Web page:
With an infusion of new funding for advocacy purposes, an association representing public libraries has jumped into the debate over curbing the National Security Agency’s (NSA) domestic surveillance.
The American Library Association (ALA), a group not known as a lobbying powerhouse in Washington, received a $1 million grant last month from the Bill and Melinda Gates Foundation to advocate more on behalf of its members.
And one of the first subjects the ALA is tackling is NSA reform, due to concerns that the agency’s meta-data collection will infringe on the freedom to read and conduct research.
“Libraries are all about meta-data,” Alan Inouye, director of the Office for Information Technology Policy at ALA, told The Hill. As a library user, “you need to have some freedom to learn about what you think is important without worrying about whether it ends up in some FBI file. We’re talking about the information patterns of people. If that’s not personal, I don’t know what is.”
America’s libraries have been vulnerable to government intrusion ever since the passing of the Patriot Act (pdf) in the aftermath of the September 11, 2001, attacks. The law’s controversial Section 215, which allows the government to access business records, can be used to compel libraries to release data pertaining to research done by library users.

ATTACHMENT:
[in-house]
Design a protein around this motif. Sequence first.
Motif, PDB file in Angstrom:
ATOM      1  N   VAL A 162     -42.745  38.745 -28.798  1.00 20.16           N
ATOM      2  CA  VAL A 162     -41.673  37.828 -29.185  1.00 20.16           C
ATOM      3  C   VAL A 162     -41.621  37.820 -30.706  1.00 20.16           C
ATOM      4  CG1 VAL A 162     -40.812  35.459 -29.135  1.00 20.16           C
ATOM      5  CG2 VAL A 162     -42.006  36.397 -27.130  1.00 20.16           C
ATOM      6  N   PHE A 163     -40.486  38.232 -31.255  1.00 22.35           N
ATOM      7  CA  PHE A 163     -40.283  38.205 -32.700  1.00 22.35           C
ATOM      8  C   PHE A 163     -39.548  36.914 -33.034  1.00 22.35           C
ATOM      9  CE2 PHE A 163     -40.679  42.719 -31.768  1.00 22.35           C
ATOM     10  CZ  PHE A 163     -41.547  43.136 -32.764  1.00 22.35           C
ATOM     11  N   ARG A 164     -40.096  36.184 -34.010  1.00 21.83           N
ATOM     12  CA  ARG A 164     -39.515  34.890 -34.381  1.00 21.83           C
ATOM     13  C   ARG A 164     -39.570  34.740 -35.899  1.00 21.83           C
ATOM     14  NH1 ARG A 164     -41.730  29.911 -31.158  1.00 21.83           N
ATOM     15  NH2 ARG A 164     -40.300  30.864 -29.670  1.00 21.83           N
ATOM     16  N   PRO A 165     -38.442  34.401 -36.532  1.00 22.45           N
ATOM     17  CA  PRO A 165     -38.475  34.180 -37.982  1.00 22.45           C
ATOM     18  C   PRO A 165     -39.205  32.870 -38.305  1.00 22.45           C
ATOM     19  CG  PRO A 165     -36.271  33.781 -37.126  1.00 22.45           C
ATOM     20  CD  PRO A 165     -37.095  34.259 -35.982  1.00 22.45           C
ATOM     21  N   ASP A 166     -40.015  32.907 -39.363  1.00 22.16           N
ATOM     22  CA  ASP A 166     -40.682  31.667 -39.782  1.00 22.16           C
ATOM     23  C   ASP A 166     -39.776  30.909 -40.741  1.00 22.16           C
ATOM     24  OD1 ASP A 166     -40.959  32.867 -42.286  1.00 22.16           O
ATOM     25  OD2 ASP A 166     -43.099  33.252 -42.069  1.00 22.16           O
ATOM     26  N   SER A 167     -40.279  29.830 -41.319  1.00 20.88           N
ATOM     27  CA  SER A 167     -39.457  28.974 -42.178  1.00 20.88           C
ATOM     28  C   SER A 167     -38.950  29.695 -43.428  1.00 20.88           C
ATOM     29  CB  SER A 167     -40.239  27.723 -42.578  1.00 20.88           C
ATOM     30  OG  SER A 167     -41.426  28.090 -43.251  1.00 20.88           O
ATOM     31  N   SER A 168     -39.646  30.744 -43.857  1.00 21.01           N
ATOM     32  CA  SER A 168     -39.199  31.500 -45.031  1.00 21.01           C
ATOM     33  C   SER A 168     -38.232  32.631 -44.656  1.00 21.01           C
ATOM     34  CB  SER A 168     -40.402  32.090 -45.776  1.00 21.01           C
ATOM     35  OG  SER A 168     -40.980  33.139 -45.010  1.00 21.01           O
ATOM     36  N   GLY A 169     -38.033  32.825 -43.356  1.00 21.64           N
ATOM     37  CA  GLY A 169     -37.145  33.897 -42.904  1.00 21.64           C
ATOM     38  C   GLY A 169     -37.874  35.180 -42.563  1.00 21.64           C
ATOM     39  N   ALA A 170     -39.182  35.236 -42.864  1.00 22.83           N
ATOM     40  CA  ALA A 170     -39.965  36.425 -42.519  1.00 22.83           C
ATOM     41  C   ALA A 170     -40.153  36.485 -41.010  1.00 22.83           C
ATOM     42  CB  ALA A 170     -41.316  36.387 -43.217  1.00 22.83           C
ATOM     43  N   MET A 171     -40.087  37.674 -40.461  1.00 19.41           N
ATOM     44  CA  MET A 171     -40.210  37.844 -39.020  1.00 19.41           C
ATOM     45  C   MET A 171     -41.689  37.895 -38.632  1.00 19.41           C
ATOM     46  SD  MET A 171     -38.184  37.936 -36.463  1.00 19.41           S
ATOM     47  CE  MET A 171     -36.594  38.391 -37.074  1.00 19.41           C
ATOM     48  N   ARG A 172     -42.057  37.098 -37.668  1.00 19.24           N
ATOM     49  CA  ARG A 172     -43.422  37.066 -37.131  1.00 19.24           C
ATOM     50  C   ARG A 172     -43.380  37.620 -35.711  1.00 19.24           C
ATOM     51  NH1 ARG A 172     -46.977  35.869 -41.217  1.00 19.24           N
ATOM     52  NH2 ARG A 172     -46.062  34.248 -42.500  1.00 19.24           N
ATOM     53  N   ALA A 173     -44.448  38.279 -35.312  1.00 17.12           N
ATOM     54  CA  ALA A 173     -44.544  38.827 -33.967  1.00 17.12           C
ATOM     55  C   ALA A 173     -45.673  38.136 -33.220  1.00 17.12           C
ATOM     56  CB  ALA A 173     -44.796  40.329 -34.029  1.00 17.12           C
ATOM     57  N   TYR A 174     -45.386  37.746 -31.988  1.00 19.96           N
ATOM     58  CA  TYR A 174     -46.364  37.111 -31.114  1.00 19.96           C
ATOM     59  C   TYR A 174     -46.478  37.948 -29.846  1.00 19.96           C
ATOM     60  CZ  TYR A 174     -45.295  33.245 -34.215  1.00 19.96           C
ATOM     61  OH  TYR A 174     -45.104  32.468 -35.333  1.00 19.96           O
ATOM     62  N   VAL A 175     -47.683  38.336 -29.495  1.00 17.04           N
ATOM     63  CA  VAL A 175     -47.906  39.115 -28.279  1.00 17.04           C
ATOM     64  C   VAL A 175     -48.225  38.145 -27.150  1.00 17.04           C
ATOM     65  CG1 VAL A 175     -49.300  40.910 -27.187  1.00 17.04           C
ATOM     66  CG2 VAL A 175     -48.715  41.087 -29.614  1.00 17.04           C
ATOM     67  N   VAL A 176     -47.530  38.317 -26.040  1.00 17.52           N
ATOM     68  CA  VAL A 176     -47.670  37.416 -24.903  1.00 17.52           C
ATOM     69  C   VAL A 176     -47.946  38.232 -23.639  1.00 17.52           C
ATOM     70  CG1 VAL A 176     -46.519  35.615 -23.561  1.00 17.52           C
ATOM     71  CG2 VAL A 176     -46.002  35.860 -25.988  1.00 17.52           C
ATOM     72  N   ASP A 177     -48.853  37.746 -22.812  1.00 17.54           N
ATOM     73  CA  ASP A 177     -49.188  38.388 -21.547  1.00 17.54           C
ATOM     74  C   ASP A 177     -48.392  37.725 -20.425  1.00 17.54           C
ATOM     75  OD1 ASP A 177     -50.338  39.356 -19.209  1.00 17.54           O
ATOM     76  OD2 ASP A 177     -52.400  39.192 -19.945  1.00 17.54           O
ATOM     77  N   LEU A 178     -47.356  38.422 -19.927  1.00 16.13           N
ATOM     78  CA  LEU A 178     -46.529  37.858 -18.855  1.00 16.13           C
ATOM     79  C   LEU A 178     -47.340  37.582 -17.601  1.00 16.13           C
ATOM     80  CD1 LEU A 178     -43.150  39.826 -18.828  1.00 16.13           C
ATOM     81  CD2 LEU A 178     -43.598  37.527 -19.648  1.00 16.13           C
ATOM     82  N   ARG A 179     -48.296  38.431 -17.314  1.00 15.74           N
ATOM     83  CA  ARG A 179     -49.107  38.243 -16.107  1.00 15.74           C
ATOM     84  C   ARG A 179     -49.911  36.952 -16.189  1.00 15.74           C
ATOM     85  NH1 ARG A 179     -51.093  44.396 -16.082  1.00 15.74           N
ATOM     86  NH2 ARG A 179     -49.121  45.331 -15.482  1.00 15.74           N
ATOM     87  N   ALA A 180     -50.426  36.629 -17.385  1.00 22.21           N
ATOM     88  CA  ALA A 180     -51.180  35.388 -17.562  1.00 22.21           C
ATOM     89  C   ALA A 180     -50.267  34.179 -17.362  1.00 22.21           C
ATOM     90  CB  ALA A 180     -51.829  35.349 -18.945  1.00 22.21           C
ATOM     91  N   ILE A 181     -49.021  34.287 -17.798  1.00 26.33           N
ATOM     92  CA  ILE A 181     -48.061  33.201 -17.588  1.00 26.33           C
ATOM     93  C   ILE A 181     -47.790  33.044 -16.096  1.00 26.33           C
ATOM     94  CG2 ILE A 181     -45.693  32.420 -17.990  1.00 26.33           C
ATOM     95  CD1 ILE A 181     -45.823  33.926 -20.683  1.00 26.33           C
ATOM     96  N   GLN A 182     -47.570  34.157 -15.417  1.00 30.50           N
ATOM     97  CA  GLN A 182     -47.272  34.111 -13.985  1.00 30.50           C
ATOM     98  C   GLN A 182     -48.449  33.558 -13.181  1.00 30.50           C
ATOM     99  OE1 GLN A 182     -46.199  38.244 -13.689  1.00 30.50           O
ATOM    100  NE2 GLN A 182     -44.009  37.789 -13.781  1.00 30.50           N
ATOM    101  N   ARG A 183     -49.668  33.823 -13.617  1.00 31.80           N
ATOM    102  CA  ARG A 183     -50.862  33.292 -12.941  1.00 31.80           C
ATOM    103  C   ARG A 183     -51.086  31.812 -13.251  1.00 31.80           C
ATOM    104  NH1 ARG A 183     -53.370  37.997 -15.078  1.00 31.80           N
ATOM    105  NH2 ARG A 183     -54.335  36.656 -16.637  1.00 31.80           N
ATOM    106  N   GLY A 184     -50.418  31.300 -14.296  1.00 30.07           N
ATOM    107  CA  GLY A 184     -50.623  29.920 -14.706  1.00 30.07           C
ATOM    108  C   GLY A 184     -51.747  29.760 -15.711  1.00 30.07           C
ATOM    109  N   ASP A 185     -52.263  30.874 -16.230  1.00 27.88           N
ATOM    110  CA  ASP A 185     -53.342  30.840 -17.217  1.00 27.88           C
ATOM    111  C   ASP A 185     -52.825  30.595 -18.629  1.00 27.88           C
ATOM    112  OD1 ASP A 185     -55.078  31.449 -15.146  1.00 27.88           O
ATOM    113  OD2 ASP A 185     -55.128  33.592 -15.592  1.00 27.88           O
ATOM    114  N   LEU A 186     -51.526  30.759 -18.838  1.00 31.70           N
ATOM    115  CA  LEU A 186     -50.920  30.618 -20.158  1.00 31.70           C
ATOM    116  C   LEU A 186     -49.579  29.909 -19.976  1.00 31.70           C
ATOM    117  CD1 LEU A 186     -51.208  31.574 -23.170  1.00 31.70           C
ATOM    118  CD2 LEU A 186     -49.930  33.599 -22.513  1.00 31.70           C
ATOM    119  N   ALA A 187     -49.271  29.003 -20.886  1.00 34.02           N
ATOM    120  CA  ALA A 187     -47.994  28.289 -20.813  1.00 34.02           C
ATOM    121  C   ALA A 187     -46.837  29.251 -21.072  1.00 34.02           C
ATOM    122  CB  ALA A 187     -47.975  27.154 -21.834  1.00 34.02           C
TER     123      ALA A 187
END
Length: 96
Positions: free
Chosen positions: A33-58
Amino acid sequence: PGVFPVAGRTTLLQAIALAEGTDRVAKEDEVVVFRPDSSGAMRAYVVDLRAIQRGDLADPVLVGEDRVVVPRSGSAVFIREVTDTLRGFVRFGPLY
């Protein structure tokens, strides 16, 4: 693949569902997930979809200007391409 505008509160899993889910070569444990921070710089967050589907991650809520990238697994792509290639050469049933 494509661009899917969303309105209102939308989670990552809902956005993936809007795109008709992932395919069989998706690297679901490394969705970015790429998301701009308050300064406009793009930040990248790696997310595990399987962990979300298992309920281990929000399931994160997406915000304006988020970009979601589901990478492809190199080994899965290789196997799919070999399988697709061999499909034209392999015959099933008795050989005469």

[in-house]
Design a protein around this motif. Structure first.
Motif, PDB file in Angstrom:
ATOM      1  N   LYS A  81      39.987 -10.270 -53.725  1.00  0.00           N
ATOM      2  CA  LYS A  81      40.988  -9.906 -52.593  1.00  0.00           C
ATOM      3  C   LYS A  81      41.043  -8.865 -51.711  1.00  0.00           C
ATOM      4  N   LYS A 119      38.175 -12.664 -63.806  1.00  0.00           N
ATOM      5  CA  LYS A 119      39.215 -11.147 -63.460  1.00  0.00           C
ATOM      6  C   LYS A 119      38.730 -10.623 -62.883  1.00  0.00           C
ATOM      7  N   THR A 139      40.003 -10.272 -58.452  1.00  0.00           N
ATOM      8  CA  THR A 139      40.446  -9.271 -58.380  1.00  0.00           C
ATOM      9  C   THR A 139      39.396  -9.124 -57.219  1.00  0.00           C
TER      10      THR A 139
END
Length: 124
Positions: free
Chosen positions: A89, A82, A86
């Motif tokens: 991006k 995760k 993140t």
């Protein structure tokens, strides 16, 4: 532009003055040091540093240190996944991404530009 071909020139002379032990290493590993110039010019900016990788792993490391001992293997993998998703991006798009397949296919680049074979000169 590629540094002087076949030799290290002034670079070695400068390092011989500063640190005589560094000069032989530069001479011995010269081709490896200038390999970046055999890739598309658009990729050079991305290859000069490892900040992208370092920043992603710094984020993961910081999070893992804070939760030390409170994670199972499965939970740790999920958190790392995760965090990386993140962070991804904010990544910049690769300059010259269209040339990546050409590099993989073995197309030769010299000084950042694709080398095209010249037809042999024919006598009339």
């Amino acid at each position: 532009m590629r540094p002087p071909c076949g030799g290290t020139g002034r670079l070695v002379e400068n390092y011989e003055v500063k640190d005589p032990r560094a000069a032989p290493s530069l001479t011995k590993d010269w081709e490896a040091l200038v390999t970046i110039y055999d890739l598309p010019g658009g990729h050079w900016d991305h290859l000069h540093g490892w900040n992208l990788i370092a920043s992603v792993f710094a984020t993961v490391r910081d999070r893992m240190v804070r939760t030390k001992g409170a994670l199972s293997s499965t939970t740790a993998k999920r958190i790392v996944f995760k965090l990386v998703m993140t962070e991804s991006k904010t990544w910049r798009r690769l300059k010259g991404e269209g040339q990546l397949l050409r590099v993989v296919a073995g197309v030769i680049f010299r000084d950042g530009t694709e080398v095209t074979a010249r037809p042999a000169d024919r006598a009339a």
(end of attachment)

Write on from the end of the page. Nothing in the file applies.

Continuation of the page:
In January 2002, the ALA came out forcefully against the threat to privacy as posed by the Patriot Act, drafting and releasing a resolution regarding the law’s infringement on the rights of library users.
Edward Snowden’s release of the secret NSA documents this year has shown that, during the decade since the ALA passed its privacy resolution, the government has greatly expanded its reach and its efforts to sweep up huge amounts of information on citizens around the globe, including Americans.
Lynne Bradley, director of ALA’s Office of Government Relations, characterized the NSA’s spying as having “almost ravenous hunger” for collecting information.
It is unknown whether any public libraries have been forced to share users’ data with the NSA—because these institutions are prohibited by the government from saying so.
“We don’t know what we don’t know,” Bradley told The Hill.
ALA is supporting legislation introduced by Representative James Sensenbrenner Jr. (R-Wisconsin) that would curb the NSA’s domestic spying. It also would prevent the government from placing gag orders on libraries that receive NSA surveillance requests.
“We don’t want [library patrons] being surveilled because that will inhibit learning, and reading, and creativity,” Inouye said.
-Noel Brinkerhoff, Danny Biederman
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